Browsing SUNY at Fredonia by Subject "Hispanic Americans."
Now showing items 1-2 of 2
The development of companion guides to enhance reading comprehension of Spanish-speaking English learners (ELs) in grade 6 who use English language arts (ELA) modules in New York State.The purpose of this project was to create two companion guides to enhance the reading comprehension of Spanish-speaking ELs in Grade 6 who attend schools that utilize the English Language Arts Modules developed by New York State, in alignment with the CCSS (New York State Department of Education, 2013). The curriculum was developed to provide materials to increase reading comprehension among ELs using the modules aligned with the Common Core Standards. In particular companion guides were developed focusing on cognates and idioms aligned with two texts: Bud, Not Buddy and the Lightning Thief. The companion guides were designed for Spanish-speaking 6th grade English Learners in New York State in schools using the curriculum Modules, aligned with the Common Core State Standards.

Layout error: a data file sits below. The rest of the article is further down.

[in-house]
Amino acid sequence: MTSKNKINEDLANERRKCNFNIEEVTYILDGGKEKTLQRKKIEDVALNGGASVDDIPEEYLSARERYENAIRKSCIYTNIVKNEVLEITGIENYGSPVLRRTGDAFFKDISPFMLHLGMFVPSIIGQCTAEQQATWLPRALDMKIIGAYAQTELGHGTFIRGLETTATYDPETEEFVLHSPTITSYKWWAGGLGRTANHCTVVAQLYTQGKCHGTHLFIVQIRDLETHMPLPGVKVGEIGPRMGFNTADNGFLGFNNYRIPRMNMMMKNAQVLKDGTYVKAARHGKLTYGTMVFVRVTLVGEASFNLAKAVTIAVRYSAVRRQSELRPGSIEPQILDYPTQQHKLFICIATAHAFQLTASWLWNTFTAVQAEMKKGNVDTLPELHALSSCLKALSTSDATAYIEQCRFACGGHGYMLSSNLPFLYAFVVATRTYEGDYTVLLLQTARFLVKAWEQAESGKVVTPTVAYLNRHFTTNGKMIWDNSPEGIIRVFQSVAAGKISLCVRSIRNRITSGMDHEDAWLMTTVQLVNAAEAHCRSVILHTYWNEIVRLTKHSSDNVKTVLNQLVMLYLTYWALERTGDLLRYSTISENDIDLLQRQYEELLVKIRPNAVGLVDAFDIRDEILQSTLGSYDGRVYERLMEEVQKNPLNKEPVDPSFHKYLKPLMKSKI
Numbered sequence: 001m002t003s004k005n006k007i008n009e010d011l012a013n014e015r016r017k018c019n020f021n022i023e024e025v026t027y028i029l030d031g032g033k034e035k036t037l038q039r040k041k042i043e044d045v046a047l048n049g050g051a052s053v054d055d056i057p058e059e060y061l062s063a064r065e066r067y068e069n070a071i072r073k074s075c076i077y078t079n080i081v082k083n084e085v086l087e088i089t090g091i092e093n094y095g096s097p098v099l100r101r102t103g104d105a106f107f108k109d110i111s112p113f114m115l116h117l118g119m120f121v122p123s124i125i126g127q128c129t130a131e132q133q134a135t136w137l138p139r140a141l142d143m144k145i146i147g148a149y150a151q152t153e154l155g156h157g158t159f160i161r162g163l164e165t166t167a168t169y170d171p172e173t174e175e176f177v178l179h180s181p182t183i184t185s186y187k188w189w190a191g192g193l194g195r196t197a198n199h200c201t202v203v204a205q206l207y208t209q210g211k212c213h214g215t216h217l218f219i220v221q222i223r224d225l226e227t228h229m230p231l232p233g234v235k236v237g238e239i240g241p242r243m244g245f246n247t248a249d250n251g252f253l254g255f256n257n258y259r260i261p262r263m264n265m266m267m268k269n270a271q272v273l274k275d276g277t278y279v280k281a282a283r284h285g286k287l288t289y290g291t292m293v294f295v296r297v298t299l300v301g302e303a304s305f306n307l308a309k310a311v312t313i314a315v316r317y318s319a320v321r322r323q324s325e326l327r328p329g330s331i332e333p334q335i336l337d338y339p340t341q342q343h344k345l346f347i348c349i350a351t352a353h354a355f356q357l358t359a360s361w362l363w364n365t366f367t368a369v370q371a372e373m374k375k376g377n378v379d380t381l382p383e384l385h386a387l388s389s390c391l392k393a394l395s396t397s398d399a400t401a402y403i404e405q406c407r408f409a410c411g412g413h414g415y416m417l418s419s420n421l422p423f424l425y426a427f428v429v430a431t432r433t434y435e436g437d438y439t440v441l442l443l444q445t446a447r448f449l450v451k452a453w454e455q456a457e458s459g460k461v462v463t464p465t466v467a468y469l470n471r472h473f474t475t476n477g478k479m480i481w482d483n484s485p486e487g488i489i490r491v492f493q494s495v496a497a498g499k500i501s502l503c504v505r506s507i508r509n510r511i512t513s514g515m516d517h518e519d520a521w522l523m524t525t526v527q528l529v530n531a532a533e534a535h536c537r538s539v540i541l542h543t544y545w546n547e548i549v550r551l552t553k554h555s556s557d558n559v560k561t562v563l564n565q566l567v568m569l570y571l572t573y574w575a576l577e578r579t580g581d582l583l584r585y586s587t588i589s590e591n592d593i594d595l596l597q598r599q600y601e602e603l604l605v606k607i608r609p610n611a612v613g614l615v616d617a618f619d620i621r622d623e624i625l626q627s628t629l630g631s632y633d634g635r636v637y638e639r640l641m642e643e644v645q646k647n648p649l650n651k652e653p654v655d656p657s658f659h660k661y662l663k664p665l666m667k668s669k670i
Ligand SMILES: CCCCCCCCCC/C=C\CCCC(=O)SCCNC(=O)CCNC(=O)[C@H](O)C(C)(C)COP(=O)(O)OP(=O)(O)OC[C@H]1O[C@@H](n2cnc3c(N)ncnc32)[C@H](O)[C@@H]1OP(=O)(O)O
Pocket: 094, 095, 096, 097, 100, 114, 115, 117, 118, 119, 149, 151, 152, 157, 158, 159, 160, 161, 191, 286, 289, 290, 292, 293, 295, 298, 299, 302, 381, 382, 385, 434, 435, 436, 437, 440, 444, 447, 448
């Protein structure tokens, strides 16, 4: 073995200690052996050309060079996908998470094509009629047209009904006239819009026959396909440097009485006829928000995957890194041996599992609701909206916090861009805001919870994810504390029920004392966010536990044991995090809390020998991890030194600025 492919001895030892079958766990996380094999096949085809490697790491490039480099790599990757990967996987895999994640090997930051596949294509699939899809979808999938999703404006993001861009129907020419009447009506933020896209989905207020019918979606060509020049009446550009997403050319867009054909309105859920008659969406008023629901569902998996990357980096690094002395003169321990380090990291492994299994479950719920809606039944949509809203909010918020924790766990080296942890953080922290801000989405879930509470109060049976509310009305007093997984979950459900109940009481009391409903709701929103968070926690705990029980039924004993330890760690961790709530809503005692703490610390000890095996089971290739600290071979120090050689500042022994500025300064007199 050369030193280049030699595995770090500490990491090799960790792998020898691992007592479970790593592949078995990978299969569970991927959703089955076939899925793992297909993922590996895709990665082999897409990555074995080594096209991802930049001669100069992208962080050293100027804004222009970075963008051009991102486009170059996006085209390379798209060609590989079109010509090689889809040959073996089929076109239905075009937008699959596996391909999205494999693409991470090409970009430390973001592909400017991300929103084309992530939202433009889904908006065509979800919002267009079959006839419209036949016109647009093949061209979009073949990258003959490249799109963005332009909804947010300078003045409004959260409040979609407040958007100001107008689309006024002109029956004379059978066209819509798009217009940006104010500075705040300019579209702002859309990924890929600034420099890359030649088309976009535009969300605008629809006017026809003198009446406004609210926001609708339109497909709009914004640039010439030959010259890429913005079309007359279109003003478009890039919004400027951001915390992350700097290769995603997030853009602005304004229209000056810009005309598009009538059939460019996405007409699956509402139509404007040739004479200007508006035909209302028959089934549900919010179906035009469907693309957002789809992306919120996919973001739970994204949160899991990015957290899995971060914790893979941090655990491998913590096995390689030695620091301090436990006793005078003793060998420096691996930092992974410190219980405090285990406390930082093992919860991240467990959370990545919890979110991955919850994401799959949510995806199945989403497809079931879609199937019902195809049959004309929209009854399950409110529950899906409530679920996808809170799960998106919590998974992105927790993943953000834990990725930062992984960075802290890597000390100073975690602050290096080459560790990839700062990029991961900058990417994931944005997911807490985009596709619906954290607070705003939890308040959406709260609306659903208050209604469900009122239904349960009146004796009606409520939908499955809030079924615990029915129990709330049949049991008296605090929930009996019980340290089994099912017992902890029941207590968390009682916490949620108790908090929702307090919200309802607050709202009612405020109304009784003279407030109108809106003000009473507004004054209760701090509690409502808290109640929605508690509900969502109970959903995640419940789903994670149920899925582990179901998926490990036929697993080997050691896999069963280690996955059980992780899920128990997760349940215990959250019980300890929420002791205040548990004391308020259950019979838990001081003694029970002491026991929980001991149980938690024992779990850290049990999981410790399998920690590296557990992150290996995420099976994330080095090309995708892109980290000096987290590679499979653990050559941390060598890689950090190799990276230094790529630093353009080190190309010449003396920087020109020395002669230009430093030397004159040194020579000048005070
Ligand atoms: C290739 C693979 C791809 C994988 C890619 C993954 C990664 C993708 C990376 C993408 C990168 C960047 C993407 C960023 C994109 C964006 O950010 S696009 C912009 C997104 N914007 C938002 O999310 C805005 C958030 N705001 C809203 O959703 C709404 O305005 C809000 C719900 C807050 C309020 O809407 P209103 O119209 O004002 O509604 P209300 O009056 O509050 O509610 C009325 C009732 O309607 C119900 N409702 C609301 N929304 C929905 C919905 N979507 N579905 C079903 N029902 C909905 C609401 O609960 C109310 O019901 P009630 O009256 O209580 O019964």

Exploring how Mexican Immigrant parents support the education of their high-achieving children.In general Latino students are under performing in US schools, yet some Mexican immigrant parents are able to support their children in ways that are conducive to their academic success. This study explores how monolingual Spanish-speaking Mexican parents with limited education of their own are involved in the education of their high-achieving children. As part of this qualitative study, interviews with three parents were conducted, recorded and transcribed. The findings are consistent with much of the literature reviewed and reveal that these Mexican immigrant parents prioritize education for their children through the use of guiding messages, by setting expectations for the future, and by being present at teacher conferences, even though language barriers limit communication with teachers and staff. Additionally, they used monitoring strategies to maintain awareness of their children’s school and social activities. Schools can help Mexican immigrants by adding bilingual staff, by extending assistance for children with their homework, and by promoting practices that immigrant parents can undertake such as consistently setting academic expectations for their children and providing them with messages of encouragement in their academic pursuits.